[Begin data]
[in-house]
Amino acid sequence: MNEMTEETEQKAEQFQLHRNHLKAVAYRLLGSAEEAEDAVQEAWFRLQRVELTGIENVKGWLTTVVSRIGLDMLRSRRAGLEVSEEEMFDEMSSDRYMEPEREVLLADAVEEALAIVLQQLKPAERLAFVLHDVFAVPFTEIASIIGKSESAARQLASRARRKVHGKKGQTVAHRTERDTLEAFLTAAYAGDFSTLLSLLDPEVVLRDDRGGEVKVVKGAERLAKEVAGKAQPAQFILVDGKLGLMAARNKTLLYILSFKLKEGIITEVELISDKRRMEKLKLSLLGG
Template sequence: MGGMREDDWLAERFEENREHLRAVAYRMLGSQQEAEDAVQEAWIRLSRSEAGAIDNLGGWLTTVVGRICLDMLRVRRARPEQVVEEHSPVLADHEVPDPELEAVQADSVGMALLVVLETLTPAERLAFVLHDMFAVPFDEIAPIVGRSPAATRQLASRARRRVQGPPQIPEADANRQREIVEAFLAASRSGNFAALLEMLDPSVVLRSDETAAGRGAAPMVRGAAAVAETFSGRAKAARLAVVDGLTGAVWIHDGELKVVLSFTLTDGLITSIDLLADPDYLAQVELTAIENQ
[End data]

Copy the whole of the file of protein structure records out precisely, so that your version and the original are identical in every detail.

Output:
[in-house]
Amino acid sequence: MNEMTEETEQKAEQFQLHRNHLKAVAYRLLGSAEEAEDAVQEAWFRLQRVELTGIENVKGWLTTVVSRIGLDMLRSRRAGLEVSEEEMFDEMSSDRYMEPEREVLLADAVEEALAIVLQQLKPAERLAFVLHDVFAVPFTEIASIIGKSESAARQLASRARRKVHGKKGQTVAHRTERDTLEAFLTAAYAGDFSTLLSLLDPEVVLRDDRGGEVKVVKGAERLAKEVAGKAQPAQFILVDGKLGLMAARNKTLLYILSFKLKEGIITEVELISDKRRMEKLKLSLLGG
Template sequence: MGGMREDDWLAERFEENREHLRAVAYRMLGSQQEAEDAVQEAWIRLSRSEAGAIDNLGGWLTTVVGRICLDMLRVRRARPEQVVEEHSPVLADHEVPDPELEAVQADSVGMALLVVLETLTPAERLAFVLHDMFAVPFDEIAPIVGRSPAATRQLASRARRRVQGPPQIPEADANRQREIVEAFLAASRSGNFAALLEMLDPSVVLRSDETAAGRGAAPMVRGAAAVAETFSGRAKAARLAVVDGLTGAVWIHDGELKVVLSFTLTDGLITSIDLLADPDYLAQVELTAIENQ